The members of Chapter 61 Ministries believed that if the trucking industry were empowered with education and equipped with tools to fight human trafficking, they would quickly mobilize against this crime. They could do their part to see victims recovered and perpetrators arrested. Members of the trucking industry could be everyday heroes in their jobs and make a significant impact against the criminal activity of human trafficking. Perhaps they might even have a more substantial impact than the average person because of their mobility and training. They are a critical front-line group to recruit.

Using tools, including informational website such as, on-demand webinars, a trucking-industry-specific training DVD, wallet cards with signs to look for and questions to ask, and social media accounts (Facebook and Twitter), TAT began making contacts throughout the trucking industry to build relationships and state the case for trucking members to join the abolitionist movement. TAT also started having a presence at major trucking shows and providing free presentations wherever requested by members of the trucking industry. The trucking industry began responding positively. By 2011, TAT had grown so much and was making such an impact in the industry that it needed to become an independent 501(c)3 non-profit organization to sustain its efforts.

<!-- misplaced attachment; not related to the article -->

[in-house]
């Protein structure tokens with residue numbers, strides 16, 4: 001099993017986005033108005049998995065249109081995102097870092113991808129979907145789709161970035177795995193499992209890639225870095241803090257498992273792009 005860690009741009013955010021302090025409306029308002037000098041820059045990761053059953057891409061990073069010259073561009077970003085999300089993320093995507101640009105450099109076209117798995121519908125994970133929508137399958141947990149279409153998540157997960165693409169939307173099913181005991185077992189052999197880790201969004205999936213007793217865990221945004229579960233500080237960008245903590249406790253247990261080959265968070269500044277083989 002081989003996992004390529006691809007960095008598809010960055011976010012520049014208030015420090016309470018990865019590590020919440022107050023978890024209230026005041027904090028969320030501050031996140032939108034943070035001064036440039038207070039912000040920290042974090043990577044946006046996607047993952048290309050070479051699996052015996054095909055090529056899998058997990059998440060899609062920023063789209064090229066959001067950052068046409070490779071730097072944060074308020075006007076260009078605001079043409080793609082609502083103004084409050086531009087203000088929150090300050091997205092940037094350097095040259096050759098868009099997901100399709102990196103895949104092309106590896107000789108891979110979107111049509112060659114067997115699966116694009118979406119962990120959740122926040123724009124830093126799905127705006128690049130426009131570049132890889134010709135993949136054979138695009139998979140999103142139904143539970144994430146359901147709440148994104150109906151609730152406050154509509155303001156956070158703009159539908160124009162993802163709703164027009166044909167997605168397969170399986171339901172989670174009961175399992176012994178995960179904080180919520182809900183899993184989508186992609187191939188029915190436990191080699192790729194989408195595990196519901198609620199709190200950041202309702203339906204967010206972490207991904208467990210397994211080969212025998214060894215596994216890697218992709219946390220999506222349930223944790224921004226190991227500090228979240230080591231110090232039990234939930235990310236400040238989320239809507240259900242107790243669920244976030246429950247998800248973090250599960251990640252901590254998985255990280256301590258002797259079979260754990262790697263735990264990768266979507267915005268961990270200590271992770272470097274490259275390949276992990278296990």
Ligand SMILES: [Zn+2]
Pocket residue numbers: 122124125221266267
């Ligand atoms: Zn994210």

Members of the trucking industry, who had witnessed the prostitution of women and minors at various places throughout the U.S. for years but who had not known what it was—forced prostitution and modern-day slavery—began calling the National Human Trafficking Hotline to report what they were seeing. Since Dec. 7, 2007, when the hotline started, the national hotline has received 2,782+ calls from truckers, which have opened 715 likely cases of human trafficking involving 1,303 people.